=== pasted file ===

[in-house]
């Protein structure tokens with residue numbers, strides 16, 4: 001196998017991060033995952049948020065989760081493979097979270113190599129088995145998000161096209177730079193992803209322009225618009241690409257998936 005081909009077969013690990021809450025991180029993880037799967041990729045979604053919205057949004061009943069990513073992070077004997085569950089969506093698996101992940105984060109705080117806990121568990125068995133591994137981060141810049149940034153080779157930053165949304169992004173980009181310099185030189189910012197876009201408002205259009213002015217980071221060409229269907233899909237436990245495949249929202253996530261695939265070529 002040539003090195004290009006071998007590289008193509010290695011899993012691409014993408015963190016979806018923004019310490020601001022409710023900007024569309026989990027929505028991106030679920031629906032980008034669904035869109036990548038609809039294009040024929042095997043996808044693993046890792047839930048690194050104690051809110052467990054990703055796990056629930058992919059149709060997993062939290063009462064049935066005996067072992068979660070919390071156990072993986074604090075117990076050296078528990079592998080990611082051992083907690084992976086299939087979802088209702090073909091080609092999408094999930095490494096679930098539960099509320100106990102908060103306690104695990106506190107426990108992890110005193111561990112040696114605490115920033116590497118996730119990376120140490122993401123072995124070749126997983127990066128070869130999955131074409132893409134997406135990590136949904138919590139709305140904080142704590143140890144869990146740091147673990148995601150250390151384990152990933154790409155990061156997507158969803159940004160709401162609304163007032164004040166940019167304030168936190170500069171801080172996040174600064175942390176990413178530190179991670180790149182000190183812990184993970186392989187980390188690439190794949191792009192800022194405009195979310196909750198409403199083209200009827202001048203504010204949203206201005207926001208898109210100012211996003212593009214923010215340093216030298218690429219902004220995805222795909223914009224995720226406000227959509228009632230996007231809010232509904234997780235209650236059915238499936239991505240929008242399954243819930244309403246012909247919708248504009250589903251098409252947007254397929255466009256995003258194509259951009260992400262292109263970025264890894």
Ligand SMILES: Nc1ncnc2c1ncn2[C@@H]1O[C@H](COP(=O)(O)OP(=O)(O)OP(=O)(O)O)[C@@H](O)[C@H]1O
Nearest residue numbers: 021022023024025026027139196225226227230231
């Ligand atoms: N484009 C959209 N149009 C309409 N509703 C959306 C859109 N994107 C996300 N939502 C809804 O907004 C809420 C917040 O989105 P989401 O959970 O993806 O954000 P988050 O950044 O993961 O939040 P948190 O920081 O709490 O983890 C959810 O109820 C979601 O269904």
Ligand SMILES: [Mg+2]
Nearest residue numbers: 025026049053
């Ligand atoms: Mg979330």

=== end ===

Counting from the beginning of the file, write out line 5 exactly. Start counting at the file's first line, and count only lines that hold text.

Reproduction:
């Ligand atoms: N484009 C959209 N149009 C309409 N509703 C959306 C859109 N994107 C996300 N939502 C809804 O907004 C809420 C917040 O989105 P989401 O959970 O993806 O954000 P988050 O950044 O993961 O939040 P948190 O920081 O709490 O983890 C959810 O109820 C979601 O269904």